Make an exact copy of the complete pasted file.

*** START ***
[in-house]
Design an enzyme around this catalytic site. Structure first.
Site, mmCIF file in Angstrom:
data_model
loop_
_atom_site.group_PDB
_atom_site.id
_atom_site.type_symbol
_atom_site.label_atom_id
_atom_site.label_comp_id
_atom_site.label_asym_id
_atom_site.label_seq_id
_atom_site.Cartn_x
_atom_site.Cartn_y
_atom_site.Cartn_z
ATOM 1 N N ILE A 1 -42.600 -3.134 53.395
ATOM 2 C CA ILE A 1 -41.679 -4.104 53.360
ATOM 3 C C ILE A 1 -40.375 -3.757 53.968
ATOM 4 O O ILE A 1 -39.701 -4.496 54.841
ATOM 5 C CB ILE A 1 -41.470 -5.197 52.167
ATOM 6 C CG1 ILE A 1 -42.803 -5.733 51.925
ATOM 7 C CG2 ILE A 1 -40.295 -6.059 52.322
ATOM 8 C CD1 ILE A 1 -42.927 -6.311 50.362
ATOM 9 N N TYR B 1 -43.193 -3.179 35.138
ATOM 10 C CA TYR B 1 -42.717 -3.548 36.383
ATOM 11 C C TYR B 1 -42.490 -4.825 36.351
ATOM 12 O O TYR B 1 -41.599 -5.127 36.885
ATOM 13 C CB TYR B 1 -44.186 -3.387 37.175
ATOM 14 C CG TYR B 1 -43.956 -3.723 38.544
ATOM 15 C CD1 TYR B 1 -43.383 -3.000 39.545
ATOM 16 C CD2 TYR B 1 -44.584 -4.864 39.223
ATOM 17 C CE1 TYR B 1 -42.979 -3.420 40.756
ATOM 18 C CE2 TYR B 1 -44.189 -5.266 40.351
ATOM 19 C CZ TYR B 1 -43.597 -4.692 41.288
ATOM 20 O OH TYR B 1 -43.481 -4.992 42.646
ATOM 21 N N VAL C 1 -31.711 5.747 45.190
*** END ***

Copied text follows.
[in-house]
Design an enzyme around this catalytic site. Structure first.
Site, mmCIF file in Angstrom:
data_model
loop_
_atom_site.group_PDB
_atom_site.id
_atom_site.type_symbol
_atom_site.label_atom_id
_atom_site.label_comp_id
_atom_site.label_asym_id
_atom_site.label_seq_id
_atom_site.Cartn_x
_atom_site.Cartn_y
_atom_site.Cartn_z
ATOM 1 N N ILE A 1 -42.600 -3.134 53.395
ATOM 2 C CA ILE A 1 -41.679 -4.104 53.360
ATOM 3 C C ILE A 1 -40.375 -3.757 53.968
ATOM 4 O O ILE A 1 -39.701 -4.496 54.841
ATOM 5 C CB ILE A 1 -41.470 -5.197 52.167
ATOM 6 C CG1 ILE A 1 -42.803 -5.733 51.925
ATOM 7 C CG2 ILE A 1 -40.295 -6.059 52.322
ATOM 8 C CD1 ILE A 1 -42.927 -6.311 50.362
ATOM 9 N N TYR B 1 -43.193 -3.179 35.138
ATOM 10 C CA TYR B 1 -42.717 -3.548 36.383
ATOM 11 C C TYR B 1 -42.490 -4.825 36.351
ATOM 12 O O TYR B 1 -41.599 -5.127 36.885
ATOM 13 C CB TYR B 1 -44.186 -3.387 37.175
ATOM 14 C CG TYR B 1 -43.956 -3.723 38.544
ATOM 15 C CD1 TYR B 1 -43.383 -3.000 39.545
ATOM 16 C CD2 TYR B 1 -44.584 -4.864 39.223
ATOM 17 C CE1 TYR B 1 -42.979 -3.420 40.756
ATOM 18 C CE2 TYR B 1 -44.189 -5.266 40.351
ATOM 19 C CZ TYR B 1 -43.597 -4.692 41.288
ATOM 20 O OH TYR B 1 -43.481 -4.992 42.646
ATOM 21 N N VAL C 1 -31.711 5.747 45.190